The “Who” of the Church
Who makes up the church, or assembly, of the Messiah? Who is the leader of this assembly?
The word “church,” at its core, simply means “assembly,” “community,” “gathering,” or “congregation.” 1 However, in both the Old and New Testaments the term does at times take on added layers of meaning in certain contexts, and, in many cases, the promises of the covenants are assumed in the background.
As part of his covenant with Abraham, Isaac, and Jacob, God made a number of specific promises related to these men and their “offspring” (see, e.g., Gen. 22:18). Some of these promises pertain to the nation of Israel, some pertain to the nations, and some pertain to Israel’s role as God’s instrument of blessing to the nations (cf. Jn. 4:22—“salvation is from the Jews”). God promised that from these men he would bring forth both “a great nation” (Gen. 12:2) and an “assemblage” (Gen. 35:11, LEB), “company” (ESV), or “community” (NIV) of nations, and that through Abraham and his seed/offspring all the nations of the earth would be blessed (see, e.g., Gen. 12:3, 22:18). As a result, Abraham would be both the father of Israel (see, e.g., Is. 51:2) and “the father of many nations” (Gen. 17:5, CSB). Accordingly, those whom God considers to be his faithful followers among the Jews make up the righteous Jewish “remnant” (see, e.g., Is. 10:22; Rm. 11:5) who will inherit the “great nation” promise. Those whom God considers to be his faithful followers among the nations are those who will inherit the “community of nations” promise. Together they make up one grand, intergenerational “assembly of the righteous” (Ps. 1:5) in God’s eyes. It is they whose names are registered in God’s “book,” that is, the “book of life” (see, e.g., Ex. 32:32; Ps. 69:28; Ph. 4:3; Rev. 3:5), and whom God, therefore, will spare eternal punishment, acknowledge as his own, and include in his everlasting kingdom (see, e.g., Mal. 3:17; Rev. 20:11-15). They are the ones who will be allowed to congregate in God’s presence in his kingdom when Jesus returns (see, e.g., Re. 7). Because the Creator had loyal followers both before and after the first coming of Jesus, there is a sense in which the “assembly” refers to God’s faithful, accepted followers from all time (see, e.g., Heb.12:23). They are God’s “assembly” in the big-picture, all-times and all-places sense.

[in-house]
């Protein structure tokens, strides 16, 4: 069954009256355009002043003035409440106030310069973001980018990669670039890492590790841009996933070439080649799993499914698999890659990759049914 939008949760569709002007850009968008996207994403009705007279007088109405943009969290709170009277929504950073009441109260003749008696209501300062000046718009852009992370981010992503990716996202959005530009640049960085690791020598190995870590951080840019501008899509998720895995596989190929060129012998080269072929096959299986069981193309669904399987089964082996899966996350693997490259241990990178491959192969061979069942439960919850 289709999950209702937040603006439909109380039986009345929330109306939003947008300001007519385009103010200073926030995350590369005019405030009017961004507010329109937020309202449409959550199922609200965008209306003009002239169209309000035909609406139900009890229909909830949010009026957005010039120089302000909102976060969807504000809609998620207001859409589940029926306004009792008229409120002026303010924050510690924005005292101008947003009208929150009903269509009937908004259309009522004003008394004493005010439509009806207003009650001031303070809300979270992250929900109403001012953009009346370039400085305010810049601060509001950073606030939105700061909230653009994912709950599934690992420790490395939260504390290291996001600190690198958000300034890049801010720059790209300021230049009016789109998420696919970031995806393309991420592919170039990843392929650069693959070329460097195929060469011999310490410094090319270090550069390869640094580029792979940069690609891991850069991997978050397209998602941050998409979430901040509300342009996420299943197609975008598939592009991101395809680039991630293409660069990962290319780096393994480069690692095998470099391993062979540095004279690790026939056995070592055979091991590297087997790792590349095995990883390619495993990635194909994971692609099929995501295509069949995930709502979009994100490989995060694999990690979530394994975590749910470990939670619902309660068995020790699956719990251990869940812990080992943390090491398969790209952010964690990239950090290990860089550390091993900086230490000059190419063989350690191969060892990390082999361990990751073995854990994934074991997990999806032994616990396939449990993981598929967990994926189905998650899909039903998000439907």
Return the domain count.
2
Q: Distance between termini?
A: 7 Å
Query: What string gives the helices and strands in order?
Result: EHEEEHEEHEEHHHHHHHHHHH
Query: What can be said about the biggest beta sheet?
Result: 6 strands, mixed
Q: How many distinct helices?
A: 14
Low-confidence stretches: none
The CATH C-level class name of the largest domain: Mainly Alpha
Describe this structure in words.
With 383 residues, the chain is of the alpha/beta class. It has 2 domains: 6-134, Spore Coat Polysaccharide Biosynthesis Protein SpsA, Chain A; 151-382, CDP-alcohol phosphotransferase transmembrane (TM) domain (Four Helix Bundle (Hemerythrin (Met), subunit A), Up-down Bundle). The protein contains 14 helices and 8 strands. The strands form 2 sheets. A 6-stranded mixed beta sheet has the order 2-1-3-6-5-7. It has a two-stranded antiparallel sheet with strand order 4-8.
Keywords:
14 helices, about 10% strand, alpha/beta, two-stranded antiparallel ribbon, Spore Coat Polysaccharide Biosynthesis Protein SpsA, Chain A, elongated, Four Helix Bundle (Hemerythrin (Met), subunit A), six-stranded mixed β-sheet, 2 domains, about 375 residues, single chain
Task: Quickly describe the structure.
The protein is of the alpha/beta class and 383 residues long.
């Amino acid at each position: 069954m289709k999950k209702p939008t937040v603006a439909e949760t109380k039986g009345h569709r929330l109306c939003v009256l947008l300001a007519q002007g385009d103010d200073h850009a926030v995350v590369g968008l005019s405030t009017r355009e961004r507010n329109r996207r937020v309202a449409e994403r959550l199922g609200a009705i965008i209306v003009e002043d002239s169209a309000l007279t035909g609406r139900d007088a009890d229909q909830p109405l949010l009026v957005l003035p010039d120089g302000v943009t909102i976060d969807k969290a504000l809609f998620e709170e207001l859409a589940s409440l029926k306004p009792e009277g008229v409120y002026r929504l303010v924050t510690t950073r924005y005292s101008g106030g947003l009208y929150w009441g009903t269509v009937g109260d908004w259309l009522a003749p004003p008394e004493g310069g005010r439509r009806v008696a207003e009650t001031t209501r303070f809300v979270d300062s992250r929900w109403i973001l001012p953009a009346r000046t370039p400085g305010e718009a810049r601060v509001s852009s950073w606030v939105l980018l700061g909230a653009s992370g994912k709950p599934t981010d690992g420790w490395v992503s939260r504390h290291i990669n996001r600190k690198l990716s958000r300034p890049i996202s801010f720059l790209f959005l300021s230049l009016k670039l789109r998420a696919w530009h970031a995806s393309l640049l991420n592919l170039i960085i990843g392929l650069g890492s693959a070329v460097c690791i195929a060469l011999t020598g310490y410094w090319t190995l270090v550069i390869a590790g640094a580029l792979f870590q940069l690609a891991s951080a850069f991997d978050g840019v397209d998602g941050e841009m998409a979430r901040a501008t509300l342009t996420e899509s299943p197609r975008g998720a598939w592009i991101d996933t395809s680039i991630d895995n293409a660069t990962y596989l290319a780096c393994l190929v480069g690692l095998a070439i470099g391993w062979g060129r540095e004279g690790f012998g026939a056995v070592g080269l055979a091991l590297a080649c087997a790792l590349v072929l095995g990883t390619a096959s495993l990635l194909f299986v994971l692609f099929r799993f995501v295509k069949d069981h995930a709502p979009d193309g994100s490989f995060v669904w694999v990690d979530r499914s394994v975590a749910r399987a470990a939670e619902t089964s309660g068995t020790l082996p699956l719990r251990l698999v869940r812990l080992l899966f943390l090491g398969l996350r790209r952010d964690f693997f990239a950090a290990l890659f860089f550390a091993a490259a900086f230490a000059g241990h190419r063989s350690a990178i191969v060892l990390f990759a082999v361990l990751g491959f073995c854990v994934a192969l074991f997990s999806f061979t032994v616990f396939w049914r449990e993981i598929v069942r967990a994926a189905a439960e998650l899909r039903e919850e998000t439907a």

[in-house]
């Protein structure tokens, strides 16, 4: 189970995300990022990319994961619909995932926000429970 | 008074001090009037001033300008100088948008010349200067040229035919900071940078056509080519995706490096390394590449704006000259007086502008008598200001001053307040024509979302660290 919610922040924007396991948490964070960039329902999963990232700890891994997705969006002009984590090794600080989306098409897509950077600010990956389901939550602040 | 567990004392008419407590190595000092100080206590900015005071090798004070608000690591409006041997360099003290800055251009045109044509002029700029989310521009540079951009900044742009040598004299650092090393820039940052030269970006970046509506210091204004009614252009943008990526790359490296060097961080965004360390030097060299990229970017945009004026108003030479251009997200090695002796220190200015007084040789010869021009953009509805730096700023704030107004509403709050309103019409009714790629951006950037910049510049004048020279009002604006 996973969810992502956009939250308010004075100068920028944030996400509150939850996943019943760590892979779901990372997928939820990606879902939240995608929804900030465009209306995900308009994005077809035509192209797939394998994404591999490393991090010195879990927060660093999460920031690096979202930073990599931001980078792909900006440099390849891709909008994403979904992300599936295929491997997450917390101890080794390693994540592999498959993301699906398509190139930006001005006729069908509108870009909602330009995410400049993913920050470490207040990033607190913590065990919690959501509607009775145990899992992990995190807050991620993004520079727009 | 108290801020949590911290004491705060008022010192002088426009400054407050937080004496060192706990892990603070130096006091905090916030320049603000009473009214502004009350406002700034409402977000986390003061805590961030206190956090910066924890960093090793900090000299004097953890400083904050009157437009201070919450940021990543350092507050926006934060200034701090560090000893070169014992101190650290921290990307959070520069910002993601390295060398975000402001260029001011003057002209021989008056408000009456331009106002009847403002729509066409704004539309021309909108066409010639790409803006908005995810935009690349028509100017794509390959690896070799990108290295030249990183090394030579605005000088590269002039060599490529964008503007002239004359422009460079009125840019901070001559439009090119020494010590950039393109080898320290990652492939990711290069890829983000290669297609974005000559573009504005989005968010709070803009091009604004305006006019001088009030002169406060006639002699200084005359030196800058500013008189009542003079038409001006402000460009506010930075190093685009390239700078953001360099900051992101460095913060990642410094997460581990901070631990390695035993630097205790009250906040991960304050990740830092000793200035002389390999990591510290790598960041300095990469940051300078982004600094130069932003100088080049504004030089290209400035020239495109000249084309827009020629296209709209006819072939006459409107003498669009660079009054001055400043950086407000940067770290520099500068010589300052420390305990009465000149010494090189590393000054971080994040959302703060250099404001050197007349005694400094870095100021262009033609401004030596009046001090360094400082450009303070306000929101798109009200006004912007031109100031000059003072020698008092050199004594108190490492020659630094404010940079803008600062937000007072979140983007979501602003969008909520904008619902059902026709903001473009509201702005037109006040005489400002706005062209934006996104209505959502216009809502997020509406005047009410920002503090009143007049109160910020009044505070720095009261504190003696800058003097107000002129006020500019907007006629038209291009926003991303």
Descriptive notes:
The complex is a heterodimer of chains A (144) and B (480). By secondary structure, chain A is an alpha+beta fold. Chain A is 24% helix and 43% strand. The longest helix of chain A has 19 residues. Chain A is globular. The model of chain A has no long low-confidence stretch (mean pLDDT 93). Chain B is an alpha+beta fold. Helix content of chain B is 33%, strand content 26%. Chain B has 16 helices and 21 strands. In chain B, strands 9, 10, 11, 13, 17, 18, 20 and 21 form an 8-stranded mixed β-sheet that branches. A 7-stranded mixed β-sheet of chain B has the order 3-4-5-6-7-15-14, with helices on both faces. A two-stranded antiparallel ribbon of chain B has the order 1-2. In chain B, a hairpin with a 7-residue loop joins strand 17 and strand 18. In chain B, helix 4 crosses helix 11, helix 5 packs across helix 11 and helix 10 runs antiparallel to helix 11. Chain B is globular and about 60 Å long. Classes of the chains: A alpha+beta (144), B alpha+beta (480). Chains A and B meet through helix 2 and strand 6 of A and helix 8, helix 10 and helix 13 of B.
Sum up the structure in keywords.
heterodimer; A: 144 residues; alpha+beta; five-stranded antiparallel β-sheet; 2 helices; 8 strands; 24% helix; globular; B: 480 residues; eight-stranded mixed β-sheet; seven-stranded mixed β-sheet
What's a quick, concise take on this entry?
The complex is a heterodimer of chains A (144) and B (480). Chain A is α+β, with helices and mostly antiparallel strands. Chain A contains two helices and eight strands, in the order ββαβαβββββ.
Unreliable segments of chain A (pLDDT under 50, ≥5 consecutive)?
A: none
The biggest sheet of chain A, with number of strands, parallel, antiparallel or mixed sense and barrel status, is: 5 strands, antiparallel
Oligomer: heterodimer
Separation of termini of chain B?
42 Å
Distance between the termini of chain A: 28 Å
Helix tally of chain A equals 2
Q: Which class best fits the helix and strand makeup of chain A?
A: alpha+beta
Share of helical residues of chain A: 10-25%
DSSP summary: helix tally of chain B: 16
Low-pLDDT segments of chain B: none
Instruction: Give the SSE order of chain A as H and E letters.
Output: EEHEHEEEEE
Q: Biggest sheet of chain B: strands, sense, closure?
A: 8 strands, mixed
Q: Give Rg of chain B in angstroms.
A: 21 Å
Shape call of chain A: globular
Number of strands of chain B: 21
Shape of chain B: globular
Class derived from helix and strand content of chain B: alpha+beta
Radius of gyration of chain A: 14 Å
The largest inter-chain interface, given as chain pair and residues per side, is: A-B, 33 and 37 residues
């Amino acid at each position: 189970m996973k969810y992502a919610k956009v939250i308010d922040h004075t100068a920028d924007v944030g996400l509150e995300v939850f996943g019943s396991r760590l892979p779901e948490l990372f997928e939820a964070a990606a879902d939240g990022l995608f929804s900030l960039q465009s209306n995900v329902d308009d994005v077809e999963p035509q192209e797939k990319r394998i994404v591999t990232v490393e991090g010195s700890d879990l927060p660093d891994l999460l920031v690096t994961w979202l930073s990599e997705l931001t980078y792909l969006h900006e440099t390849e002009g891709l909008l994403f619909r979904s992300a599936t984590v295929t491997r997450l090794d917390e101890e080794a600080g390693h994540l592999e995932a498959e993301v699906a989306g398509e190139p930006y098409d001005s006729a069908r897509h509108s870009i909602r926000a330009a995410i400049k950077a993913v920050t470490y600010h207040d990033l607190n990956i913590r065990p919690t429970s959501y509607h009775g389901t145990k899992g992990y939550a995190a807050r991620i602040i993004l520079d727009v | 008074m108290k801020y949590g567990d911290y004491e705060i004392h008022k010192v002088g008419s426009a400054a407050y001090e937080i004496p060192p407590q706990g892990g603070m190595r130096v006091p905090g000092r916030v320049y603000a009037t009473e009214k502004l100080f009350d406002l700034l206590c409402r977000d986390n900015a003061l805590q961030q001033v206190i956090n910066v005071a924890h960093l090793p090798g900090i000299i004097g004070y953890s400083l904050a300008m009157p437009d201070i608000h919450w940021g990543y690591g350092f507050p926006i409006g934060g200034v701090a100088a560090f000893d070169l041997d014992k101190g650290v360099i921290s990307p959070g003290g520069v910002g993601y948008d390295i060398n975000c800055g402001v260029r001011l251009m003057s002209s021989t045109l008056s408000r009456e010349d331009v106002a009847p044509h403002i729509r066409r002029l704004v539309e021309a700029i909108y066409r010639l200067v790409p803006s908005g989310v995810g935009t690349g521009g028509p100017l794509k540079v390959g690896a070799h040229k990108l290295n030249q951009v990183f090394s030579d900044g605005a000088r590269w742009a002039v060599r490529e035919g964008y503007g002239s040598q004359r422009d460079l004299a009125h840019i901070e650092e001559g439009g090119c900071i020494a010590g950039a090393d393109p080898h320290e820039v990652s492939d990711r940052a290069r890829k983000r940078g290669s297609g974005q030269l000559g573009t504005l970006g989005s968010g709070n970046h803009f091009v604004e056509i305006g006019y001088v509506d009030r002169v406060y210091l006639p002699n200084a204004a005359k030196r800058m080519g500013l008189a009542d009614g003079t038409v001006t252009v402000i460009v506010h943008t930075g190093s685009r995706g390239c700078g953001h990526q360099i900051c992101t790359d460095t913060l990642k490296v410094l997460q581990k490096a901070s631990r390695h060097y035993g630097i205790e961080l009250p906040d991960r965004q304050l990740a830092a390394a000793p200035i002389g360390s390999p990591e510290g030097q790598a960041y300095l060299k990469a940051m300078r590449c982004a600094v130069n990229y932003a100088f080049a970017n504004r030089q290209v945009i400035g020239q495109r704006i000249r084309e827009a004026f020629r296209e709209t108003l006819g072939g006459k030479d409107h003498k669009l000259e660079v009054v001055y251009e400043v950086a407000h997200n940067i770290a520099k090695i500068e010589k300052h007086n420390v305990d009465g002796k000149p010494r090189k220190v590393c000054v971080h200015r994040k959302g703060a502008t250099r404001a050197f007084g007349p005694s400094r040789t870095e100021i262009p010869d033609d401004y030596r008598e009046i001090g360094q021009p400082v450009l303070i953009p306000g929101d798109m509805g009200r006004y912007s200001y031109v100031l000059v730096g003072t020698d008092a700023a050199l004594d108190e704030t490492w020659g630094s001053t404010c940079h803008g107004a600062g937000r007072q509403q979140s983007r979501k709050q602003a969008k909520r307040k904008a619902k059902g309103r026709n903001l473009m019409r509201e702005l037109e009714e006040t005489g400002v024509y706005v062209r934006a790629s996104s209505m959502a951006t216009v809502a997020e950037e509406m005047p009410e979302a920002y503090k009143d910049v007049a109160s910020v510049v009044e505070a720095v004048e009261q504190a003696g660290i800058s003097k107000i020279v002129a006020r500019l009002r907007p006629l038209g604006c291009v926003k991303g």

At the same time, Jesus also uses the word “church” or “assembly” to refer to something that he himself would “build” in the days following his first coming (Mt. 16:18). The specific assemblies or congregations that make up Jesus’ assembly, moreover, are specifically called “churches in Christ Jesus” (1 Th. 2:14), a designation obviously impossible prior to Jesus’ arrival in the first century. These assemblies are open to both Jewish and Gentile followers of Jesus, who together form “one new humanity” (Eph. 2:15; ISV, NRSV), and who have all been given the same Holy Spirit and same right of access to the Father on the basis of the same Messianic sacrifice (see Eph. 2-4). The term “church” is typically used today to denote this post-First Coming reality, in context to which Jesus, through the Spirit he has poured out, is preparing the Jewish and Gentile members of his assembly for their respective destinies as outlined in the covenants (i.e., although both Jewish and Gentile believers share in the glorious privileges and benefits of the new covenant, the new covenant does not undo their respective destinies and callings as delineated in the previous covenants [see Rom. 11:28-29], but rather qualifies and enables them to inherit and walk in them). Jesus is the leader and head of his assembly, which is his “body” and his “bride” (see, e.g., Eph. 4:12, 5:22-32; Rev. 22:17).
1 See, e.g., William Arndt et al., A Greek-English Lexicon of the New Testament and Other Early Christian Literature (Chicago: University of Chicago Press, 2000), 303.